In 1962, shortly after Davis and his wife, Peggy, were married, they both joined the Peace Corps (PC). At that time, Shriver was its first director overseeing 200,000 volunteers.
"It was a time of golden summer days of youth," noted Davis. "We were young, idealistic, adventurous, and a little bit crazy. The only thing that is different now is that we're not young anymore."
(third from left) with some of her students.(Contributed photo)
To prepare for the organization, the couple had to attend an eight-week training course at Georgetown University in Washington, D.C. While there, they underwent vigorous physical training and hours of academic studies including history, anthropology, psychology, and language. Along with studies, Davis said they had many interesting experiences.
"We practiced on the same field as the Washington Redskins." Davis said. "They (the Redskins) watched us exercise one day and weren't impressed. The next day there was an article in a Washington newspaper making fun of us saying that we were not very well represented."
Davis said the PC volunteers answered by saying the Redskins shouldn't brag as they weren't having a very good season that year.
To prove their fitness, the PC members challenged them to a three-mile run and a rope climb. However, the Redskins declined the offer.
Also while in Georgetown, Davis said the group visited Sargent Shriver's estate and also the White House where they met President John F. Kennedy. In his remarks, Kennedy told the new members of the PC that they were doing what he had asked in his inaugural speech when he said, "Ask not what your country can do for you but ask what you can do for your country."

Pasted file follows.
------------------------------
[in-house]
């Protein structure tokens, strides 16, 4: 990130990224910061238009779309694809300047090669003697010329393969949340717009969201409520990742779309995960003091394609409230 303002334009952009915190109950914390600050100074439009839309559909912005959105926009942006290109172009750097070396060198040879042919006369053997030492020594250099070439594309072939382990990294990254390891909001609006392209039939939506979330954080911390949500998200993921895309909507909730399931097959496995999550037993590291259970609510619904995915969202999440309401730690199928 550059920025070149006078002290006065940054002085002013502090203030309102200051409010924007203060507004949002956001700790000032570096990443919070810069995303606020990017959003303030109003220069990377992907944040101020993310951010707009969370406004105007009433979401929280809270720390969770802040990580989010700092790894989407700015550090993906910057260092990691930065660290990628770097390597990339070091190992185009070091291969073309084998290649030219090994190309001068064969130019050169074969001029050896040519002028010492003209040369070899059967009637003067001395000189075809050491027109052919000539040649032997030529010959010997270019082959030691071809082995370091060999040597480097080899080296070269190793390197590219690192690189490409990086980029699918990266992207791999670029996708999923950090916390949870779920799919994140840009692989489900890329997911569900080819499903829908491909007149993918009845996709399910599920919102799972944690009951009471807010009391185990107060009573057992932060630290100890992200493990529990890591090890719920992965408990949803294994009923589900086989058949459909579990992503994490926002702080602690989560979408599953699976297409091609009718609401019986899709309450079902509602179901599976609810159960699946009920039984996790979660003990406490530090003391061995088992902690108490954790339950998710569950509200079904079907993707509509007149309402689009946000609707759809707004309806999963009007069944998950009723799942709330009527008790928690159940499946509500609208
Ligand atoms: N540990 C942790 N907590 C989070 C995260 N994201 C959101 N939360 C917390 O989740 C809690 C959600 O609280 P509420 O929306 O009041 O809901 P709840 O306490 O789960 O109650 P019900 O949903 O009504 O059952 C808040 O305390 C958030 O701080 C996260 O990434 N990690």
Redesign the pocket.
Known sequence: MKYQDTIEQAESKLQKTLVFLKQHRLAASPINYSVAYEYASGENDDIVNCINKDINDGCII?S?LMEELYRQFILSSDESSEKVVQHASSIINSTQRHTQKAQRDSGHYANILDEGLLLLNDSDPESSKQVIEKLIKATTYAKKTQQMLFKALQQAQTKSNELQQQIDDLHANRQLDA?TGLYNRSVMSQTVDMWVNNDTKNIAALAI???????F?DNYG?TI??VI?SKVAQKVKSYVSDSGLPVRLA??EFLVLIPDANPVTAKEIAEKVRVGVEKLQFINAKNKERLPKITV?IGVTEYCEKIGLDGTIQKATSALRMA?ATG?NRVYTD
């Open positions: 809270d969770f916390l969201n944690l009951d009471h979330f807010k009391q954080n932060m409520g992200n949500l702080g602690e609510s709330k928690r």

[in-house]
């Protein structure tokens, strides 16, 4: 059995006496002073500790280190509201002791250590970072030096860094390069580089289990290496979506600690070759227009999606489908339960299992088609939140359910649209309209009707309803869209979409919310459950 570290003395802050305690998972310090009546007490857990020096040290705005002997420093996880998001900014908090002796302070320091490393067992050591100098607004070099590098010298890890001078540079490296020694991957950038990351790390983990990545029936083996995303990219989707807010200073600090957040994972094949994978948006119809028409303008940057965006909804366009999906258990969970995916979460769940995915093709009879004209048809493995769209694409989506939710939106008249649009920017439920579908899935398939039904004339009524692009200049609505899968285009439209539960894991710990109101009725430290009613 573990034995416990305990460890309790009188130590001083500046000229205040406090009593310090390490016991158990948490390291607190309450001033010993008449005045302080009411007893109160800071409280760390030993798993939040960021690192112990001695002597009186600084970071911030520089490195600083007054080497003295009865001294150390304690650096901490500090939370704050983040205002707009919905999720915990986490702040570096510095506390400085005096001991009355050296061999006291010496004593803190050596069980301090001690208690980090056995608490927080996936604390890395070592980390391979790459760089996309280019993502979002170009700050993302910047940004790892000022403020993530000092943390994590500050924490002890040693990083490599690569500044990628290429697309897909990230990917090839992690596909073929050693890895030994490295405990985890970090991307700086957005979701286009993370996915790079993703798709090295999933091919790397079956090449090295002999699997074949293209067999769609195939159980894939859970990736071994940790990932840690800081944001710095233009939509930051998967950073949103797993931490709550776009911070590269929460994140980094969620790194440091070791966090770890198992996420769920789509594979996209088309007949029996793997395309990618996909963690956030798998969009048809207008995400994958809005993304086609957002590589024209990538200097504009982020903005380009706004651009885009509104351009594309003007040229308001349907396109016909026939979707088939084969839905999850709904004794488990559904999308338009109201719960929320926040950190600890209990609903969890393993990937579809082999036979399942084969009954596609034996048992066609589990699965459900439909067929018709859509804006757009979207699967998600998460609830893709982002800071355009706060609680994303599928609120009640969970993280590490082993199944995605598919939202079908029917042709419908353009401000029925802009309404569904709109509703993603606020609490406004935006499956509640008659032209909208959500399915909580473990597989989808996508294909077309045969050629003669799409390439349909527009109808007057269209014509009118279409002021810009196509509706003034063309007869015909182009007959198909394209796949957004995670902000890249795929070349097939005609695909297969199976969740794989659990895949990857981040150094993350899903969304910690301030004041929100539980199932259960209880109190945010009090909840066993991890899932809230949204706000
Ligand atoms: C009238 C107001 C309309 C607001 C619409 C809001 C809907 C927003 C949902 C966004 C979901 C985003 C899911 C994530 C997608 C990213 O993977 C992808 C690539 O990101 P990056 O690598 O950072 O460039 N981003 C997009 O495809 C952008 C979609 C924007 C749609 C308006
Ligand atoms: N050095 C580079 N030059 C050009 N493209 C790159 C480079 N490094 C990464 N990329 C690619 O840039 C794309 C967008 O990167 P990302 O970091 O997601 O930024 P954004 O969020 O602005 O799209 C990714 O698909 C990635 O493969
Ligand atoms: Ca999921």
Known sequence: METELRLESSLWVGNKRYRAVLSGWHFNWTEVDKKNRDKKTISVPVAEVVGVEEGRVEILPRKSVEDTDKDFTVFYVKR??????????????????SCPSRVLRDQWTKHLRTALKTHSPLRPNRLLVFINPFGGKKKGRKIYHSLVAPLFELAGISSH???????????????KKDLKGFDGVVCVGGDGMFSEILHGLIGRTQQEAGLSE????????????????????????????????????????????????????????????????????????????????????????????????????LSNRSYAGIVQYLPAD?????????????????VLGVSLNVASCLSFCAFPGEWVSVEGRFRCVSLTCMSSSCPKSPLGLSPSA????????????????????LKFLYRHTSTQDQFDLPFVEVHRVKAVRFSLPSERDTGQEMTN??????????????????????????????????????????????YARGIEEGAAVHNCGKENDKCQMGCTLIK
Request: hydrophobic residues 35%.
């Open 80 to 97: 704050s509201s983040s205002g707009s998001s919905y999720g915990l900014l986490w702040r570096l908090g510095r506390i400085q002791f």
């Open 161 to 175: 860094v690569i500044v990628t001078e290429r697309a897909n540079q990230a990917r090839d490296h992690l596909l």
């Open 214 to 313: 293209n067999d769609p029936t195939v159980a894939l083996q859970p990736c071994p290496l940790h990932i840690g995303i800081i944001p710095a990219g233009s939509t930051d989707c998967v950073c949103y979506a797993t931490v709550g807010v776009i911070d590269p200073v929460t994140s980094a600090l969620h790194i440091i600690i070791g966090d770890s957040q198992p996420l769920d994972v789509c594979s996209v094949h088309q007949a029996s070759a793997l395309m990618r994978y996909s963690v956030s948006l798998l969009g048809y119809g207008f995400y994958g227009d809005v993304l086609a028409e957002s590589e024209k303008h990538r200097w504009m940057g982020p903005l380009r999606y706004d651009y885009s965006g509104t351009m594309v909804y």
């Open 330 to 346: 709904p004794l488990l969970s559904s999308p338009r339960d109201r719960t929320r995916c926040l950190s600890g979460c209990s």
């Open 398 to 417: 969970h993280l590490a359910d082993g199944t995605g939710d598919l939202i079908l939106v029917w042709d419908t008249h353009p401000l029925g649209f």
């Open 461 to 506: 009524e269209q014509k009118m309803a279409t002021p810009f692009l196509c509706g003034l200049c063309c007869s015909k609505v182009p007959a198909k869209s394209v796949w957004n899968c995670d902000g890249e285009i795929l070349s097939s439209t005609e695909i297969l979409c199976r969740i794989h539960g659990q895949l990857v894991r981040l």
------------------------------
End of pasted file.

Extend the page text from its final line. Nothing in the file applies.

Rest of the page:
Peggy and John's overseas assignment was teaching high school in Gondar, Ethiopia. John taught history and agriculture and Peggy taught home economics. While there, he said the high school enrollments doubled. One third of the teachers were Peace Corps volunteers, one third were Indian, and one third were Ethiopian.
"We received the same pay that the job paid in that country," Davis said, "which was $100 a month. We had a house, two monkeys, and a pig that we butchered before we left. We also had a full-time maid and a gardener."
John noted that one of the highlights of their assignment in Ethiopia was the summer he and Peggy climbed Mt. Kilimanjaro, and one of the saddest days while in Africa was in November 1963 when they learned that President John F. Kennedy had been killed.
"President Kennedy gave us a going away speech, but, sadly, he couldn't welcome us home," noted Davis.
Before they returned to the states, John and Peggy toured the Nile on a riverboat. Then they went on to India and boarded an Indian ship and traveled to Hong Kong, Vietnam, Ceylon (present day Sri Lanka) Singapore, and Japan.
On their return home, they stopped in Hawaii, and for the first time in two years saw an American flag.
"I was never so glad to see the American flag in my life," he said. "The first thing we did was go to a Dairy Queen and get a banana split."
Davis said he would encourage anyone who wants adventure and who has a teaching degree to join the Peace Corps.
"It changes your life," he noted. "It broadens your life and gives you confidence to do whatever you want to do.
"In a very real sense, we (Peace Corps) took America to the world with a good face, and when we returned, we brought the world back to America."
Upon returning to the states, John and Peggy settled in Worthington for five years. With adventure beckoning, they then moved to Alaska and taught Eskimos for 18 years. They are now living in Worthington where John farms and Peggy works for Purdue Extension services.
Always following his dreams, John has spent one year at the National Science Foundation at the South Pole and tackled Mount Kilimanjaro the second time with his daughter who was a missionary in Uganda.